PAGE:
In the Old Covenant, the people of Israel had a choice: life or death. Not quite live or die - or even live and let live. Rather, it was an invitation to live a discerning life. It was the summons to righteousness - or friendship with God - and life-giving choices. The choice was up to them.
“I call heaven and earth as witness today against you,” Moses set the choice before Israel. They had to choose between life and death, blessing and cursing. And he pled: choose life.
Choosing life meant to love God and others and to walk in God’s ways. Choosing life was a means of growing in faith, hope, and life. Life is the choice to grow in intimacy with God and others and to shun all that distracts us from that divine friendship. Moses pled for Israel to choose faith, hope, love, and intimacy with God. The choice belonged to Israel. And he told them how God’s heart longed for their friendship, as it had longed for a holy friendship with their ancestors, Abraham and Sarah and Hagar, Isaac and Rebecca, Jacob and Rachel and Leah.
- How are you choosing life? What choices are you making in daily life to make time for prayer, to care for those in need, and to walk in God’s ways?
- What is distracting you from prayer? What is taking you away from your loved ones? Where are you sending your energy, time, and money?
Some biblical scholars suggest that this psalm was written by King David throughout his life. They assert that the psalm was written, re-written, and edited many times. As he meditated on blessedness, King David came to see that true happiness is to walk in God’s ways. David was far from perfect. He was a man who struggled and sinned greatly. But he also loved deeply. And every time he found himself humbled by his ego, pride, and flaws, David found himself on his knees, meditating on God’s word.
In Psalm 119, we learn that true blessedness requires us to read scripture and to meditate on God’s words. Happiness comes from ruminating on God’s word and paying attention to how God speaks to us as we break open his word. When the world tells us that happiness comes from new gadgets or a complete makeover, we are reminded that happy are they who walk in the law of the Lord and observe his decrees. Blessedness comes from seeking God with all our hearts. Joy is the result of quieting our hearts, meditating on God’s word, and following the promptings of the Holy Spirit.
- When you are praying with scripture what helps you to listen to God’s promptings through that passage? What makes it difficult to meditate and ruminate on God’s word?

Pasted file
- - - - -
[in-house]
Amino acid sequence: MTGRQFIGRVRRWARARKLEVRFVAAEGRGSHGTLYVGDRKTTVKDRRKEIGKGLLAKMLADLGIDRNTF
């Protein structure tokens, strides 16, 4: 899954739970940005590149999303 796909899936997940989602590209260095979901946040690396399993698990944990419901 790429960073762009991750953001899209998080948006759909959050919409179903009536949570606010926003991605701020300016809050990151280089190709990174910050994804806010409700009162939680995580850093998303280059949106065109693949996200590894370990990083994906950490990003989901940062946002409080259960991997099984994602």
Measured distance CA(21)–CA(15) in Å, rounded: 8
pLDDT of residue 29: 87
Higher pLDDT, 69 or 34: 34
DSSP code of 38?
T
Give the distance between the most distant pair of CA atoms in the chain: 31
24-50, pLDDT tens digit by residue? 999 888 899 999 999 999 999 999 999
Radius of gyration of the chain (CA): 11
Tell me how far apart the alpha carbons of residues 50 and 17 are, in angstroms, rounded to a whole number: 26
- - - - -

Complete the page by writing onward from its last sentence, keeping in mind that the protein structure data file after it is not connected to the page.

- What does it mean for you to be blessed or happy? What brings you joy, peace, and freedom?
1 Corinthians 3:1-9
The Apostle Paul tells the people of Corinth that he does not speak to them as spiritual people, but as people of the flesh. Not as people who were ready for a deeper life in the Spirit, but as people who still needed to be fed with milk – to be given the basics. Paul asserted that their lack of commitment to life in the Spirit was a result of their inclinations. There is a difference between being fleshy (the Greek word sarkinos, which Paul used in 2 Corinthians 3:3) and being fleshly (the Greek word sarkikos, used here in this passage). Being fleshy means being “made of flesh,” or to be a creature. Being fleshly means being “characterized by the flesh.”
For Paul, the people of Corinth were characterized by the flesh. They gave in to all sorts of desolations and inclinations that distracted them from true love of God and one another. They gave in to self-gratification. Not unlike the Corinthians, we attempt to cope with physical and emotional pain by turning to substances, unhealthy relationships, denial, food, sex, or the need to control or fix things. But when we run from pain, we cause more pain. Paul wanted to teach people to live in the Spirit. He wanted the Corinthians - and he invites us - to stop running from pain and to start embracing the healing that comes from friendship with God.
This passage belongs to the Sermon on the Mount. Jesus tells the crowd that it is not enough to abstain from murder: “I say to you that if you are angry with a brother or sister, you will be liable to judgment… you will be liable to the hell of fire.” According to Barclay, in Greek, there are two words for anger: thumos, which burns quickly like dried straw, and orge, which is a long-lived anger. Jesus understood the human heart, and he knows that anger is a normal reaction. Sometimes, anger is justified because it is the result of injustice. Often, anger is the result of a wounded ego. Jesus condemns selfish anger. He forbids the type of anger that broods - our claim to revenge and self-righteousness. Jesus wants us to banish all selfish anger from our lives. It is not a summons to suppress or repress anger, but to let go. Jesus asks us not to let our anger linger too long.
- When anger builds, do you fall into it or are you able to let it go? What helps you to let go?
- How does prayer, meditation, or celebration of the sacraments help you bring your anger to God and let God transform it?
Santi Rodriguez is a seminarian at Seminary of the Southwest from the Diocese of Virginia, where he worked as a youth minister at Christ Church, Alexandria. Born in Colombia, Santi did his undergrad in Miami before moving to Canada where he joined the Jesuit order. While working in Milwaukee giving retreats to young adults, he met his wife Julie at Toastmasters. Julie is also in formation at the Seminary of the Southwest, and they have a son named Tyson. Santi's particular areas of interest are spirituality in pop culture, discernment, and Ignatian spirituality. He is passionate about running, backpacking, and hiking with his family and their two dogs, Mia and Bleu.